Hello, my name is***** am a qualified lawyer and I will be assisting you with your question today. Have they said that they are trying to rely on the original contract?
Thank you. Whilst the previous contract would have been valid and enforceable (at least to an extent that they could have used the clauses to try and pursue the training costs), it does indeed appear that the new contract has superseded the old one. There is of course nothing stopping them from trying to rely on the old one and to take further action, but you will have a pretty solid defence to that by relying on the new contract and pointing out that it specifically supersedes any previous contractual agreements between you and the employer. This is a matter of contract and the old contract has been replaced, which means that legally there is no formal option for them to ask you to repay the training costs they have incurred.
This is your basic legal position. I have more detailed advice for you in terms of the options the employer has to pursue the costs and your rights in turn, which I wish to discuss so please take a second to leave a positive rating for the service so far (by selecting 3, 4 or 5 stars) and I can continue with that and answer any further questions you may have. Don’t worry, there is no extra cost and leaving a rating will not close the question and we can continue this discussion. Thank you
Thank you. There are a couple of ways for the employer to try and recover these fees - by deducting them direct from the employee's wages or, if the employee has already left and paid up fully - by taking them to court.
Any deductions from the employee's wages can only lawfully take place if there was a clear written agreement by the employee allowing the employer to do this, such as a contractual clause or a separate agreement which they signed. In the absence of such an agreement the deduction will be unlawful and can be recovered.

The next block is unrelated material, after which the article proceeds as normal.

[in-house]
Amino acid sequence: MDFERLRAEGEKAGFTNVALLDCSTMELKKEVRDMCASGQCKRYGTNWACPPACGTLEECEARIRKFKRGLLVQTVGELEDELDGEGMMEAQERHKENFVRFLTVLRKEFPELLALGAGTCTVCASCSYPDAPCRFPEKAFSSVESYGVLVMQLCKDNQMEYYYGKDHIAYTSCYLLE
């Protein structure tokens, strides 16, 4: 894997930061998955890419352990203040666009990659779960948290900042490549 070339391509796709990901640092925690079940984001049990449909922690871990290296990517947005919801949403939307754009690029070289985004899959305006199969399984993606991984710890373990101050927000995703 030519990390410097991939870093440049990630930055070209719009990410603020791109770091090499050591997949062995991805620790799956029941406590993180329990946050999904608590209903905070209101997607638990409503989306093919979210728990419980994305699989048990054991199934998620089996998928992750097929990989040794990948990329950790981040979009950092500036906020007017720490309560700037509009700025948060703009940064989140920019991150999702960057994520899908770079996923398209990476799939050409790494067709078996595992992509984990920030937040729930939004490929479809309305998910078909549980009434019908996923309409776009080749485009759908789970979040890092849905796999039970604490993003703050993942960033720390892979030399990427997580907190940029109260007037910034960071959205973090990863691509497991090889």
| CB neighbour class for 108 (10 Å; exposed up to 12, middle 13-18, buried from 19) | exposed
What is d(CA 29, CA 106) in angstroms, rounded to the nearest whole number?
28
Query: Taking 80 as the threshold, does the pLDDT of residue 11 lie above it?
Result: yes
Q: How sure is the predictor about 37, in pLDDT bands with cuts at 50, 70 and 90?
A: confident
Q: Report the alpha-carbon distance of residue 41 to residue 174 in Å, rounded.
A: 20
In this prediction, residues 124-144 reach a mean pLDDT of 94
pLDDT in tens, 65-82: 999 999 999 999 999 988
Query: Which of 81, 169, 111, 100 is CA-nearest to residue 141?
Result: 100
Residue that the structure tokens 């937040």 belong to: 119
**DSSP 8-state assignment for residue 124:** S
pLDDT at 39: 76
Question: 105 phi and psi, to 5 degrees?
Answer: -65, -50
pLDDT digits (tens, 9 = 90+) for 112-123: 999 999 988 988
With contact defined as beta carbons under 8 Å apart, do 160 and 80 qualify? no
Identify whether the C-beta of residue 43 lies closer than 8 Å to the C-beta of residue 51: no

If the matter goes to court, it would be for the employer to show that the repayment clause was reasonably drafted and that the costs they are trying to recover are reasonable in the circumstances.
If the contact did not contain a clause allowing them to deduct theses costs from your pay, then in order to try and resolve this, the employer should be contacted in writing, advised that this is being treated as unlawful deduction of wages and ask them to pay back the money within 7 days. Advise them that if they fail to pay the money that is owed, legal proceedings could follow.
If the employer does not return the money as requested, the following options are available:
1. Employment Tribunal - the time limit to claim is only 3 months from the date the deductions were made. To make the claim, form ET1 needs to be completed and submitted - you can find it here: https://www.employmenttribunals.service.gov.uk/employment-tribunals
2. County Court – this is an alternative way to claim and the advantage is that the time limit is a much longer 6 years and is usually used if you are out of time to claim in the Tribunal. The claim can be made online by going to: www.moneyclaim.gov.uk.
Hopefully by warning the employer you are aware of your rights and are not going to hesitate taking further action they will be prompted to reconsider their position and work towards resolving this.
Hi, as discussed in the main response the new contract should have superseded the original agreement and that should no longer be valid, therefore making the deductions unlawful
You are most welcome, all the best